One of the Joys of Maturity
One of the joys of getting a bit older is having the time to putter around in the garden. Below is my garden blog. This site also contains sections of recipes and features about specific, and often obscure, gardening lore.
Like lots of folks, we'll have family in over the Fourth of July weekend. As I drove home from the grocery this afternoon after buying supplies for our cookout, I heard on NPR News that the UN's World Food Programme was having to cut back their support for displaced Syrians due to insufficient donations to sustain their current level of support. As I looked at all the groceries I'd laid in and the many goodies for the five of our nine grandchildren who will be with us Saturday, I could only resolve to send a donation today to help save children in need.
There's so much need in the world, and it's tough to discern charities that actually get support to those in need. Our major charity remains the ministry of my niece and nephew, Elisabeth and Wayne Bloomquist, for their ministry in Cambodia. But there are so many other places of incredible need.
I look at Jesus' words and feel terribly inadequate:
I suspect that many of my readers wrestle with similar issues.
Back to Gardening
Our rainy weather continues, with another 0.65 inches of precipitation overnight. With more rain on the way later today, I got out early to empty the rain gauge and do some test digs of carrots and garlic. The carrots were all over the place in size and maturity, but the garlic is pretty much ready to dig. I was pleased to see that the new elephant garlic grown from cloves from the Territorial Seed Company had produced the biggest elephant garlic bulbs we've ever grown!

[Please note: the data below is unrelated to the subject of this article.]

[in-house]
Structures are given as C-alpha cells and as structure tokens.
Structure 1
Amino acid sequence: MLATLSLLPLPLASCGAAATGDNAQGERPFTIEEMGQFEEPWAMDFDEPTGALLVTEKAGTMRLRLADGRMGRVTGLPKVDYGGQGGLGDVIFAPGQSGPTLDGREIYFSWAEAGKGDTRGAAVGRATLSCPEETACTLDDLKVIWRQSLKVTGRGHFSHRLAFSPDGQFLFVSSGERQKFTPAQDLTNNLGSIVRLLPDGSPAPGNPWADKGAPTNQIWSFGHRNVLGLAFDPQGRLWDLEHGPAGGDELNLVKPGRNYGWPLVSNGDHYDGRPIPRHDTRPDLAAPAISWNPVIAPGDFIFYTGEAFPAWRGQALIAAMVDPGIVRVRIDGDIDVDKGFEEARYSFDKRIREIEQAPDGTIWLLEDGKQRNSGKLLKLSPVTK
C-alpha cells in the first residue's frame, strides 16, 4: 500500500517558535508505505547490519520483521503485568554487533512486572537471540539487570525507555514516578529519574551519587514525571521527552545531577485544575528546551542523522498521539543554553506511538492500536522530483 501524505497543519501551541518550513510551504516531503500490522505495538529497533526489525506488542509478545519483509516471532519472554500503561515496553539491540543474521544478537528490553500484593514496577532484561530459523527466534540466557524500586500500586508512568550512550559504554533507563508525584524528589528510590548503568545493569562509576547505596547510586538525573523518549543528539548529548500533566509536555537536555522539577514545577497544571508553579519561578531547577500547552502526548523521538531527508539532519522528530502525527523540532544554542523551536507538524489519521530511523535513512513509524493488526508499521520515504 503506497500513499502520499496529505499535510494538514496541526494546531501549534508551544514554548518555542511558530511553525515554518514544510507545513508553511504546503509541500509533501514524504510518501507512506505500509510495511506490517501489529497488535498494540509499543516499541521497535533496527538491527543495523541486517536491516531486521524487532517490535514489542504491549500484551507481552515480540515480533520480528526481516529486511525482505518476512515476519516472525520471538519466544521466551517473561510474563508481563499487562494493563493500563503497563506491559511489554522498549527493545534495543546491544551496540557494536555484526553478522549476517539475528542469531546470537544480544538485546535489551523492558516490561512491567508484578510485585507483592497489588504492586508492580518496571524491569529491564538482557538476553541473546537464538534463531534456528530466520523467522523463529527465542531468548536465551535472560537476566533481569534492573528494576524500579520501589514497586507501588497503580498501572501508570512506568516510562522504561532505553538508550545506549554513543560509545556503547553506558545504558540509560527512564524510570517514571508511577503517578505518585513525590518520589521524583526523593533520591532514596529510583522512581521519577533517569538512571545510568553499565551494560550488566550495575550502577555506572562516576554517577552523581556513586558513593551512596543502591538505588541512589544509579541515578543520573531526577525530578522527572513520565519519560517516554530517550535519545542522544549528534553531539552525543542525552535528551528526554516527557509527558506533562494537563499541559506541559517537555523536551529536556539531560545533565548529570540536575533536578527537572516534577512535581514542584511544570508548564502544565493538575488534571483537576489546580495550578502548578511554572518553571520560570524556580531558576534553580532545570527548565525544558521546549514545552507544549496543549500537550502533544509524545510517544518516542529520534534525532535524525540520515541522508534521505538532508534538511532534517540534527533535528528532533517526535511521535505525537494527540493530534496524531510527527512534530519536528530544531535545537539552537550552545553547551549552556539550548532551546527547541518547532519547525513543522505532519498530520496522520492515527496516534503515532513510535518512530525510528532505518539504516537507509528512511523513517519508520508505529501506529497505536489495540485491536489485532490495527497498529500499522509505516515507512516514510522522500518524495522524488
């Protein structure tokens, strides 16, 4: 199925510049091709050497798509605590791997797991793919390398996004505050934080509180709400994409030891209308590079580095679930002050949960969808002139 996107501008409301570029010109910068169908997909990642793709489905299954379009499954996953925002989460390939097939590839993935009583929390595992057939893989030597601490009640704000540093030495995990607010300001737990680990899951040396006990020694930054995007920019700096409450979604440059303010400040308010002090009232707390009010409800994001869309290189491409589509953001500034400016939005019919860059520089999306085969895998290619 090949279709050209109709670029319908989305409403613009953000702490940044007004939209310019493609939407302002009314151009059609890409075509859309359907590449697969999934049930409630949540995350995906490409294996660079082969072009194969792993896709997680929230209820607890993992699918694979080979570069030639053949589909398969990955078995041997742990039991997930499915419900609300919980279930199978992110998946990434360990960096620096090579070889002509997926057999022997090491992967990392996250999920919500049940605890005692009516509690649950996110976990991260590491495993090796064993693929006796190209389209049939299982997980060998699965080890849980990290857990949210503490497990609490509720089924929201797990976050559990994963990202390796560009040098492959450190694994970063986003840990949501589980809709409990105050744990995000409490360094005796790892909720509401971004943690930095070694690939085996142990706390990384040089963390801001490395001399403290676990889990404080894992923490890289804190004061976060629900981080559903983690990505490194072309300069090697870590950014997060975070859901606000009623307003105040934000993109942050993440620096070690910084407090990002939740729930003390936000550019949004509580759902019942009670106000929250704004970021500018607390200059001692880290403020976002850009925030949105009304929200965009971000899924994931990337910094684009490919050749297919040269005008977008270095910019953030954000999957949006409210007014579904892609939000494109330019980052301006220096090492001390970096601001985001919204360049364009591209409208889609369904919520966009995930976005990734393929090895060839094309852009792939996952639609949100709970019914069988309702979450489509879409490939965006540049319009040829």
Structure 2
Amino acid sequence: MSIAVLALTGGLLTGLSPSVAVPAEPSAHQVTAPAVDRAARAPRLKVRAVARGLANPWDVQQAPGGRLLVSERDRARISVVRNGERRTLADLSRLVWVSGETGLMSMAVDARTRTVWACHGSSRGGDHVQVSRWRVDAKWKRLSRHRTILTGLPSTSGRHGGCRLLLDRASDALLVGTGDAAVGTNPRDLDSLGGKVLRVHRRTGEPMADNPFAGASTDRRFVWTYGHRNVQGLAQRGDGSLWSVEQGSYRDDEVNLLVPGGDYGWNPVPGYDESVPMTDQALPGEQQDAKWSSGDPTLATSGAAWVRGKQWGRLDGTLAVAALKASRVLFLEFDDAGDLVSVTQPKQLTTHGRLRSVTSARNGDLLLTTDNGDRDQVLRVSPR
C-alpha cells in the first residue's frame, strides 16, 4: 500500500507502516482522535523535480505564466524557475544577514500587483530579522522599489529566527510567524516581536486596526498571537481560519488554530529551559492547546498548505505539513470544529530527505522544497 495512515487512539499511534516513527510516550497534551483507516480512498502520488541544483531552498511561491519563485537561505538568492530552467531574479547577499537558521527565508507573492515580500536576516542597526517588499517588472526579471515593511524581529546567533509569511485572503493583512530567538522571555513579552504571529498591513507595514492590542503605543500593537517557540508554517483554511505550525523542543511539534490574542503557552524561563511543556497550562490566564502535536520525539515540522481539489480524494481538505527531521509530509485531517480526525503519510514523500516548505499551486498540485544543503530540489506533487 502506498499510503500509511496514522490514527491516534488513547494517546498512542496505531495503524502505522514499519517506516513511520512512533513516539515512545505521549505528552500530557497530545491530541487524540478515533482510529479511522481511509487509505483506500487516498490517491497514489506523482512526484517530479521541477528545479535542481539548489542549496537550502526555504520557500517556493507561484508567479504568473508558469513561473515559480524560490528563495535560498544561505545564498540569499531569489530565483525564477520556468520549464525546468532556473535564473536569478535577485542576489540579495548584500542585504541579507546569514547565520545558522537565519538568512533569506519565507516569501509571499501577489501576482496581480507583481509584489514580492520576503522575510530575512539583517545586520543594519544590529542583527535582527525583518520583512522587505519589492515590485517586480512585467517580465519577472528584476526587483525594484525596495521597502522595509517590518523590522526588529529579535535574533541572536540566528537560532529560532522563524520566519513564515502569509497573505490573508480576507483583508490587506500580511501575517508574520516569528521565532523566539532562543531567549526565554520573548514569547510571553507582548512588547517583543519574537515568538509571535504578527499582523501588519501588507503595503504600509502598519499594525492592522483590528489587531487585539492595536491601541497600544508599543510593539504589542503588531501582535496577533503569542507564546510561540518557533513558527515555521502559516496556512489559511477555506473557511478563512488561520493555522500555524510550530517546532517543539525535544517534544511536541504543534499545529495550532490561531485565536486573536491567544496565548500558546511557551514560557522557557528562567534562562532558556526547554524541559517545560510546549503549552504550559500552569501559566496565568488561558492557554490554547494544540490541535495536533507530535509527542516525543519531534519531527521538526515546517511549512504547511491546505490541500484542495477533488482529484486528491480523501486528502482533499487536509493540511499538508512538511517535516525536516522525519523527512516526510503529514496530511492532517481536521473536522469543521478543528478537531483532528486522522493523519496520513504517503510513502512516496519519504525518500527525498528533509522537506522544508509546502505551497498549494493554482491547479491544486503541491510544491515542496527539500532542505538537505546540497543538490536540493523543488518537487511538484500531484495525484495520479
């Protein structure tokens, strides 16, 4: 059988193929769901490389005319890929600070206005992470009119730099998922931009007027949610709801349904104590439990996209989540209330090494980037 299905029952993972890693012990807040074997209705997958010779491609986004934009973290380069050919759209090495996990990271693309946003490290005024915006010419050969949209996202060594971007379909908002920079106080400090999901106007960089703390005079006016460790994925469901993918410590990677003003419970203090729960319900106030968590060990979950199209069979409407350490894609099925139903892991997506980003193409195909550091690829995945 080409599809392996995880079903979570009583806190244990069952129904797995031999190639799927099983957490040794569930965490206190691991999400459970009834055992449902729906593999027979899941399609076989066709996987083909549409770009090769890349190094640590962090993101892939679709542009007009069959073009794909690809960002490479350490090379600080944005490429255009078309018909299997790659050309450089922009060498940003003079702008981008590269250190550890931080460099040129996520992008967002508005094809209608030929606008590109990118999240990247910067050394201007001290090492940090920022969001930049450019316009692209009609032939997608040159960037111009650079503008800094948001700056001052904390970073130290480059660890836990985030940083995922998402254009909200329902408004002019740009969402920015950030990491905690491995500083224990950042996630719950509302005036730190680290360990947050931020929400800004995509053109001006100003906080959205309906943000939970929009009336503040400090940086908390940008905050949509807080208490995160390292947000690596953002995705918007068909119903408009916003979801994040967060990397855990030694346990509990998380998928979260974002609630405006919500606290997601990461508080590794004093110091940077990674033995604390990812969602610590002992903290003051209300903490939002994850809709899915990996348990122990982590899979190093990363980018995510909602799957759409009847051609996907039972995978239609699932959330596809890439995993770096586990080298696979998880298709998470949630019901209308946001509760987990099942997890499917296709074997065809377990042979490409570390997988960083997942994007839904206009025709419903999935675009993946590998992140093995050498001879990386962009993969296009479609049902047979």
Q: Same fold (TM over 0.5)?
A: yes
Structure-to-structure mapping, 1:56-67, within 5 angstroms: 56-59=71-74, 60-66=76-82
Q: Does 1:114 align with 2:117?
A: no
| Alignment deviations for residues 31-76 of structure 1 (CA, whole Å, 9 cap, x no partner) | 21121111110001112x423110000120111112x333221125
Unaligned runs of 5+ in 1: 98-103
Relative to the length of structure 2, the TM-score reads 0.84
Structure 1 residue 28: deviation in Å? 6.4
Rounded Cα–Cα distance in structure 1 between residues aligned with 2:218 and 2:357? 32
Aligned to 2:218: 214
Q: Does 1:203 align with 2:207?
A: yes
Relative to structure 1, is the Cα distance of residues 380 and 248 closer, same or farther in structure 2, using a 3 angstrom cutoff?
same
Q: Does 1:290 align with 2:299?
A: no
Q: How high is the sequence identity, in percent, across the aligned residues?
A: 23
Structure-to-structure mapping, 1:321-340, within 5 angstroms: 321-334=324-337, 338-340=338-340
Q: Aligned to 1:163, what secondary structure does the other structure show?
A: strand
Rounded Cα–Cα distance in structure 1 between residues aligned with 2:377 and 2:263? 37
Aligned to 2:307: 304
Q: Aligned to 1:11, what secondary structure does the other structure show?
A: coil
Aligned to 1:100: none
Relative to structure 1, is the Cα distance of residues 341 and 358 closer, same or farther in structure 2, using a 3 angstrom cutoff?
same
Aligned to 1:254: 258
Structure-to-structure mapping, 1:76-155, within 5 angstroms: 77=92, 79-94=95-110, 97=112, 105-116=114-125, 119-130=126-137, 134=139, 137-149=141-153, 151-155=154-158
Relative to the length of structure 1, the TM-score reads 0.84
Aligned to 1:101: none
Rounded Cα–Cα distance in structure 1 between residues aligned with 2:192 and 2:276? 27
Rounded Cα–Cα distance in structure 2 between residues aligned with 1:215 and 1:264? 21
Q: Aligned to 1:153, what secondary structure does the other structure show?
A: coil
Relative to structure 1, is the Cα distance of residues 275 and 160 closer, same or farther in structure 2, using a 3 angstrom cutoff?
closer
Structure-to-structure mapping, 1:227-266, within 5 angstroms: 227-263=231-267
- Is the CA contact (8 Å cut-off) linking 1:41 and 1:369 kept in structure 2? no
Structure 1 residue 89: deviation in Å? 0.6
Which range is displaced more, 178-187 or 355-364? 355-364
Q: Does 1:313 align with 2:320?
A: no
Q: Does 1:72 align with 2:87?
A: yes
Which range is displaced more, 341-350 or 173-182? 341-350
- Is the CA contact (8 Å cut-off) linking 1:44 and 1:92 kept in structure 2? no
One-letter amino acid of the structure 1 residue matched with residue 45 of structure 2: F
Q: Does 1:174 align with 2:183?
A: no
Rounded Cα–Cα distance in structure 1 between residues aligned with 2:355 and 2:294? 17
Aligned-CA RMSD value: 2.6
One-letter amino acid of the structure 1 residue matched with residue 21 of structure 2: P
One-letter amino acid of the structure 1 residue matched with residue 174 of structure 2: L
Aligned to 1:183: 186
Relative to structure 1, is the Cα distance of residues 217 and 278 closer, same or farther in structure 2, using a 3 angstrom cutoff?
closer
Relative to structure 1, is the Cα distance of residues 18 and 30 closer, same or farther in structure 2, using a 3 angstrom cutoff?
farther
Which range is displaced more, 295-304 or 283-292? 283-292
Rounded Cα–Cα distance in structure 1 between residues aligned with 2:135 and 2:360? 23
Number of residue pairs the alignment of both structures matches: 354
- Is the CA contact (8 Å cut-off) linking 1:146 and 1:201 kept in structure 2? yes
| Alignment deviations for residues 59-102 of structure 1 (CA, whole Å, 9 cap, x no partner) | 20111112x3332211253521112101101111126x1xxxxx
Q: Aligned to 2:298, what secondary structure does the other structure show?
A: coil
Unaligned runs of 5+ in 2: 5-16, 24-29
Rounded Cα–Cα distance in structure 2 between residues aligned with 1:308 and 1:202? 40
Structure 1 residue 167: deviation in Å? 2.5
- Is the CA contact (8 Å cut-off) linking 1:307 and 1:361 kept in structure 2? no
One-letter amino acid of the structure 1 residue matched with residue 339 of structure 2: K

I set aside gardening yesterday, as we took delivery of a new refrigerator. Moving the frozen food to our big freezer in the garage and putting all the other stuff in coolers...and then returning it all and cleaning up the resultant mess in the kitchen pretty well filled my day. Our old fridge had a couple of parts that failed, resulting in a veritable cold swamp in the refrigerator section each time the freezer tried to defrost. Costing out the repair parts plus a service call, I opted for a new fridge, although quite a bit smaller than our old one.
As I cleared out the vegetable trays yesterday, I was again reminded that we grew way too many carrots last year. We still had over ten pounds of carrots stored in green bags. Surprisingly, they were still in pretty good shape, although pretty hairy.
If I get enough carrots when I dig our spring planting this month, I may forgo planting fall carrots this year. I seeded our fall carrots rather late last year (August 1), but we had a late fall and I was able to dig a bumper crop of them on October 25.
If you're wondering, we have a feature story about How We Grow Our Carrots.
The late James Underwood Crockett made an important point in his July entry in Crockett's Victory Garden (pg 126):
We'll be harvesting onions, carrots, and garlic this month. In addition, we'll be pulling down our short pea vines after they've dried pods and seed for seed saving. And we'll be clearing our failed planting of sweet corn. All of the ground opened up will need to be fed before we plant or transplant any succession crops, especially in the sweet corn area.
If you're an organic gardener, adding well rotted manure or compost can add nutrients to the soil, often while improving soil structure. One does need to be careful of the source of the manure or compost, avoiding potential killer compost that contains still active herbicide residue.
Blood and/or bone meal can give ones soil a boost, as can many of the commercial organic fertilizers available. I've found that a bit of soluble seaweed, added either as a liquid or as a powder, can help restore necessary trace elements.
A good article in Mother Earth News by Cheryl Long and Barbara Pleasant, Build Better Garden Soil With Free Organic Fertilizers, gives some excellent suggestions and advice about organic fertilizers.
If a plot will lie fallow for five or six weeks, buckwheat can produce a quick cover/smother crop that will improve almost any soil. We've used buckwheat after sweet corn to help improve soil nutrition and structure in our East Garden plot.
Sadly, all of our finished compost is destined for one of our asparagus patches, and our most recent outside source has dried up. So we'll be adding commercial fertilizer to each harvested area before replanting. Since all of our main garden plots have been heavily mulched with grass clippings this year, they've already received a small organic boost in fertility as the grass clippings decomposed. For now, that will have to do.
at Senior Gardening